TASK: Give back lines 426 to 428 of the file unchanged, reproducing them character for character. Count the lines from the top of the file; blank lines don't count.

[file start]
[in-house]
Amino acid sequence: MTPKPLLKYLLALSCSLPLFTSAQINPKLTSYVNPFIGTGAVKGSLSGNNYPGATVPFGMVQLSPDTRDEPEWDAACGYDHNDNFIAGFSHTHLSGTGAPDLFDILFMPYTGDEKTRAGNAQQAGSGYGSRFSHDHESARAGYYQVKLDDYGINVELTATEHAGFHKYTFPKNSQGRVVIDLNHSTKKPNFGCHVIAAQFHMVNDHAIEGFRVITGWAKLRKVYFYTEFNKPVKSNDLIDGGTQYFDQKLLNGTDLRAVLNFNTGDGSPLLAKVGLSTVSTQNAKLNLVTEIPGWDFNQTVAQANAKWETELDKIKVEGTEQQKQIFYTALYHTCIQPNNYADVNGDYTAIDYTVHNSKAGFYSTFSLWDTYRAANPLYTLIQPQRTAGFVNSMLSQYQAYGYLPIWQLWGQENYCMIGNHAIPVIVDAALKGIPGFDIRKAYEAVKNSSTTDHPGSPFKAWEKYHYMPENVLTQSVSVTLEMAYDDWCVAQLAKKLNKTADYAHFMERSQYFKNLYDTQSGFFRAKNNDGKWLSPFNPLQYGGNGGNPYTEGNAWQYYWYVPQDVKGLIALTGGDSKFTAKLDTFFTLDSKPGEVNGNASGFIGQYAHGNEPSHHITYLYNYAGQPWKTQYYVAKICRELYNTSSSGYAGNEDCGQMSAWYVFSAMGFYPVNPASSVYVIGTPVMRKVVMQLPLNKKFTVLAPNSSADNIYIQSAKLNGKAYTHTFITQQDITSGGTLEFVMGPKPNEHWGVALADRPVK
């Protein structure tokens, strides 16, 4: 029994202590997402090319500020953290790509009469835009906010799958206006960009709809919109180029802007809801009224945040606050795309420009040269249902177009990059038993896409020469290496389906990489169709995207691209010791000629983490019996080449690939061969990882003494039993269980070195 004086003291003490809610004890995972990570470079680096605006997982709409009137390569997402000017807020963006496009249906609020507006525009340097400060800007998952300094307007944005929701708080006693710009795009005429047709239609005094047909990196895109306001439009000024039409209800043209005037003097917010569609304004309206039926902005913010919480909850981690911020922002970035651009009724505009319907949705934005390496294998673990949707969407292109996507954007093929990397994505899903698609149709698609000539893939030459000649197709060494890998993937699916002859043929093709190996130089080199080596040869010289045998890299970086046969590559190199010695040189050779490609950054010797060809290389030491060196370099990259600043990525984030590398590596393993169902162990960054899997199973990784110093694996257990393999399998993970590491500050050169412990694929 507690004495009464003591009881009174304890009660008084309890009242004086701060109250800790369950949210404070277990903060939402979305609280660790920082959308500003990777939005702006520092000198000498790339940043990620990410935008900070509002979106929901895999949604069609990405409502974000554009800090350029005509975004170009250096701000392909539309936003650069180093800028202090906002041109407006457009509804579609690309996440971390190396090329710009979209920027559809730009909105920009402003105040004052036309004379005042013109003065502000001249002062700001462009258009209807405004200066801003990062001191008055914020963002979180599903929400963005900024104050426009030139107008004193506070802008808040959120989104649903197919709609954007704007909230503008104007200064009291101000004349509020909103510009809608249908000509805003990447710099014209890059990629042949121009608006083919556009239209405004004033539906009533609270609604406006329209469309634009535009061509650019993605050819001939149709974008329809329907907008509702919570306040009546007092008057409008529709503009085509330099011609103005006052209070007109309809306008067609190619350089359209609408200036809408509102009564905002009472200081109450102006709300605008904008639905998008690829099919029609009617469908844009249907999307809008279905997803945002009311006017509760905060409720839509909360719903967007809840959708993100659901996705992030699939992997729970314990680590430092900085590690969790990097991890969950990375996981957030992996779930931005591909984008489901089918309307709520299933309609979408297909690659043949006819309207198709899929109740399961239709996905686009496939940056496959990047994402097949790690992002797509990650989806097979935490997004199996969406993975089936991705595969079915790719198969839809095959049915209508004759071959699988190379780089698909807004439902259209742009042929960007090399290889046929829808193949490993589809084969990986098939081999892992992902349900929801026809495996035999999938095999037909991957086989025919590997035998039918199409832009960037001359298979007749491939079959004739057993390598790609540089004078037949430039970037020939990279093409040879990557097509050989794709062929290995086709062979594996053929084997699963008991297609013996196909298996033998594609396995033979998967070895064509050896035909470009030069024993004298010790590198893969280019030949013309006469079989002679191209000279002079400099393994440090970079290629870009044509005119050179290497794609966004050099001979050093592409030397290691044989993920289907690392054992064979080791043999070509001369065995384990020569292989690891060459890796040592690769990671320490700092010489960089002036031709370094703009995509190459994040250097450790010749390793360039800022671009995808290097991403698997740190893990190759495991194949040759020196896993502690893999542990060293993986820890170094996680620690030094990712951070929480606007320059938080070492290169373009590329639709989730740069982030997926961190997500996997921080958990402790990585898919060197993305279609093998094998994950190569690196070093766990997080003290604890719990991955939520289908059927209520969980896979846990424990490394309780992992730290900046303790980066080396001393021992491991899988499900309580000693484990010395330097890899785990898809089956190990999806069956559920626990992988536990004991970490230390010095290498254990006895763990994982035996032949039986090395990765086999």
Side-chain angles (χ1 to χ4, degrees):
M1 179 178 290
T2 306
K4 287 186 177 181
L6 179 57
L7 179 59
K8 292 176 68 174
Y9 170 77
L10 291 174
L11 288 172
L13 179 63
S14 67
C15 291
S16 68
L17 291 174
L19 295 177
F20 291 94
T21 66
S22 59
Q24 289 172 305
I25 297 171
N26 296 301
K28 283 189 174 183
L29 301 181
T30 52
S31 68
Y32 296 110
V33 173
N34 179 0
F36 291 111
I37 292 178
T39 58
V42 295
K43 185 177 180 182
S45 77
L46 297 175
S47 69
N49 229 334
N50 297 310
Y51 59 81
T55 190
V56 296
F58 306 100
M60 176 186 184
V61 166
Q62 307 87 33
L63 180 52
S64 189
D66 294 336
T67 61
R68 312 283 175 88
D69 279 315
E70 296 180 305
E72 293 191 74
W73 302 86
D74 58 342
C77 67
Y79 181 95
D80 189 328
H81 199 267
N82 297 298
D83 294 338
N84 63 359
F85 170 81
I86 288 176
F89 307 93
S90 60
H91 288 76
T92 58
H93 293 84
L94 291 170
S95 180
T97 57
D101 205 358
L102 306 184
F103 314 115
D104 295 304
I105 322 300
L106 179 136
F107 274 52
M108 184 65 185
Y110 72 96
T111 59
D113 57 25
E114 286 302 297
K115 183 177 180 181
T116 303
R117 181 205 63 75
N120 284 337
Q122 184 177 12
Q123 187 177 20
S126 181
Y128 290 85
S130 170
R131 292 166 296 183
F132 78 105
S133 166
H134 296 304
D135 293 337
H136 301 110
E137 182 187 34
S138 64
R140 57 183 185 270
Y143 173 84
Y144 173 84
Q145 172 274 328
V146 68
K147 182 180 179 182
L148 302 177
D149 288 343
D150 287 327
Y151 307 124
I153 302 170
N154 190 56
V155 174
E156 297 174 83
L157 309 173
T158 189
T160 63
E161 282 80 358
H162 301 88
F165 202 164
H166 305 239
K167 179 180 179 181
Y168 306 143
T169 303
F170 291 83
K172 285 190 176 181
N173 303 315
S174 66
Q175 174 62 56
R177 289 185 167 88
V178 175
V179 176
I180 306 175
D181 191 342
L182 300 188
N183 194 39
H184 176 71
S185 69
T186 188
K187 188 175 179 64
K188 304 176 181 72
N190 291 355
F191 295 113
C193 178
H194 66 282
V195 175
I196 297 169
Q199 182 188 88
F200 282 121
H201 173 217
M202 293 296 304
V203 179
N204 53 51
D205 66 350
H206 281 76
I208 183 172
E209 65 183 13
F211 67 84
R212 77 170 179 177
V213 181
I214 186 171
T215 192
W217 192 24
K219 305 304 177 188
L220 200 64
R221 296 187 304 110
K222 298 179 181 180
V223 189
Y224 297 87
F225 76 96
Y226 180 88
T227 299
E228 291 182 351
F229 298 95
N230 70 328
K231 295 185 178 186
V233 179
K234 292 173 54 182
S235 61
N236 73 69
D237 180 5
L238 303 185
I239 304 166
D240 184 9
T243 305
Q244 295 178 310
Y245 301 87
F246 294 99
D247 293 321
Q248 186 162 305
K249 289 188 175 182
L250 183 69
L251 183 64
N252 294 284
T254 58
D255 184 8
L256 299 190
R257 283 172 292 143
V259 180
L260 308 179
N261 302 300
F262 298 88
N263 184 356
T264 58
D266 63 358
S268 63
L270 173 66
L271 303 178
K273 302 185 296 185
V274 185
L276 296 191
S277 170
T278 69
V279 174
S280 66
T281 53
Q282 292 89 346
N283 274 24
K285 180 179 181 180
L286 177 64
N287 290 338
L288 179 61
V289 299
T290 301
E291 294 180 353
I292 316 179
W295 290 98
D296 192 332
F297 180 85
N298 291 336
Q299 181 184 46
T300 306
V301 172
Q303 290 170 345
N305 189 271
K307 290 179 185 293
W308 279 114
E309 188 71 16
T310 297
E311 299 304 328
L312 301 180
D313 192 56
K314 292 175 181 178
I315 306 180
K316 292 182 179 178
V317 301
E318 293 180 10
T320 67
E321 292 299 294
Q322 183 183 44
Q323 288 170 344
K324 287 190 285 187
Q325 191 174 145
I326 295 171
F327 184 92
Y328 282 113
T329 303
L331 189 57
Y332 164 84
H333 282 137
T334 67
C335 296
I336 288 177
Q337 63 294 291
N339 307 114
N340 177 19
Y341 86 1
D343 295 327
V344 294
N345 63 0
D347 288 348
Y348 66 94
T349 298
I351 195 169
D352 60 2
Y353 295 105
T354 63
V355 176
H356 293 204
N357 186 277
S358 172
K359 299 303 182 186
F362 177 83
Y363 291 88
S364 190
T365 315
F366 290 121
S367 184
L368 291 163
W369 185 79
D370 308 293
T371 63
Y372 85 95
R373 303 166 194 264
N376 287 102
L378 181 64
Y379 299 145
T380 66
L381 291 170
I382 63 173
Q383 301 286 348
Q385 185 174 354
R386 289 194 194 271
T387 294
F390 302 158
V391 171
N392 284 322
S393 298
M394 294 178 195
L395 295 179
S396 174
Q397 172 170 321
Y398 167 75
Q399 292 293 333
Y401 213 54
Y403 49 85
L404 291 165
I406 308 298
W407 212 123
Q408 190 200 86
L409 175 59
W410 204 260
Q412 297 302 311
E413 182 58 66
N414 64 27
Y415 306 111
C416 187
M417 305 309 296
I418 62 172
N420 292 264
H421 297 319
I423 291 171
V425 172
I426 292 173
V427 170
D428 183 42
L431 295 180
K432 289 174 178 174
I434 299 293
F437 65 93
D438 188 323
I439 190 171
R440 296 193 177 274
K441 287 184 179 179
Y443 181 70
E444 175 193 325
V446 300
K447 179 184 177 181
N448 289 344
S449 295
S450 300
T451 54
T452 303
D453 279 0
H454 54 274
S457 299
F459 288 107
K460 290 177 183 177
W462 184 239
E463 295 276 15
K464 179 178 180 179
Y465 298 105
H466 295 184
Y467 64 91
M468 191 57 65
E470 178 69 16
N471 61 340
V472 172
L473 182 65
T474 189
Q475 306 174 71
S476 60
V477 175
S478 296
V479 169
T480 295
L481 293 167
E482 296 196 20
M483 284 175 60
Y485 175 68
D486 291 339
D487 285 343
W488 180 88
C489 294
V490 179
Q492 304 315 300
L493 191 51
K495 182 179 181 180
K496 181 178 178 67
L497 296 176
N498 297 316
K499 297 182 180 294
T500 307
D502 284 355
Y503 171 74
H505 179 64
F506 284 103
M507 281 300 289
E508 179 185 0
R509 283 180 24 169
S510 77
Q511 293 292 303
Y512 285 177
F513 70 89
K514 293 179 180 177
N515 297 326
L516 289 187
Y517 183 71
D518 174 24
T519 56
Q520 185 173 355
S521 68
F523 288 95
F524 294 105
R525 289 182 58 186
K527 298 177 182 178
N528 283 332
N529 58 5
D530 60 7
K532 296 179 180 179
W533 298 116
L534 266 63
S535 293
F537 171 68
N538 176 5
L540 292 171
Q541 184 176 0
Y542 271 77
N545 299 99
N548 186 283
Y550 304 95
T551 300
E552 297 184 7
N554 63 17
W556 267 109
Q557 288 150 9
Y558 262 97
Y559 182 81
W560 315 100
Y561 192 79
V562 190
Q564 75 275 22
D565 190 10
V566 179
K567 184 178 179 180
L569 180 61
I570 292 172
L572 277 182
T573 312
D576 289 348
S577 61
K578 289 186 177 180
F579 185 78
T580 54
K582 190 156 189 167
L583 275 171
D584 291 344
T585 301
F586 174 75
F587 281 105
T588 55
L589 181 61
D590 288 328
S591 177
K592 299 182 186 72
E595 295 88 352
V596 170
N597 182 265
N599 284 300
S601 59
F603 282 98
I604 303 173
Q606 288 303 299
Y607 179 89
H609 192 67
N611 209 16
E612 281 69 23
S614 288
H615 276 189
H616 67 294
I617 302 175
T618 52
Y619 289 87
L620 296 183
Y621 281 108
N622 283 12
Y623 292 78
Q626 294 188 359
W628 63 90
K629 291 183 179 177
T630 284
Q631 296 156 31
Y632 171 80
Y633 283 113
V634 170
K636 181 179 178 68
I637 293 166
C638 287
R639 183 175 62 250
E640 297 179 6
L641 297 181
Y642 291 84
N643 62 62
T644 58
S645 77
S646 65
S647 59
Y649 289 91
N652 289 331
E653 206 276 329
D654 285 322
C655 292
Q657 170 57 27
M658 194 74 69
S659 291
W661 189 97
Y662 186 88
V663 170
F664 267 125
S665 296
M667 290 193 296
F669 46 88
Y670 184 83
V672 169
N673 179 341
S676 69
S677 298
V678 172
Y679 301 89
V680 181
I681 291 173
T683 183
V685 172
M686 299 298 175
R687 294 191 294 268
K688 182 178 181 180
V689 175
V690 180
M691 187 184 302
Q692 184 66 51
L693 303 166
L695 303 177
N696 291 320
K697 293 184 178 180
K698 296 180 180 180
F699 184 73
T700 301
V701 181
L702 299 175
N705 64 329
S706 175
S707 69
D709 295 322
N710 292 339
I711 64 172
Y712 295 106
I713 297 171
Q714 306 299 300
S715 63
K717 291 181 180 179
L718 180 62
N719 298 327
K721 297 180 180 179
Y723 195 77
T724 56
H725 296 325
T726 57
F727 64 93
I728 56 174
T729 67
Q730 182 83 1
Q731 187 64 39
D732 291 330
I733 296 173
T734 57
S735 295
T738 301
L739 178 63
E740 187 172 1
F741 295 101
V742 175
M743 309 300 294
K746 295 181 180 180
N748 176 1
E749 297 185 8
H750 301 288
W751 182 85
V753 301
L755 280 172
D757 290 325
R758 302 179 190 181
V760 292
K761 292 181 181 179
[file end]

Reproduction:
W533 298 116
L534 266 63
S535 293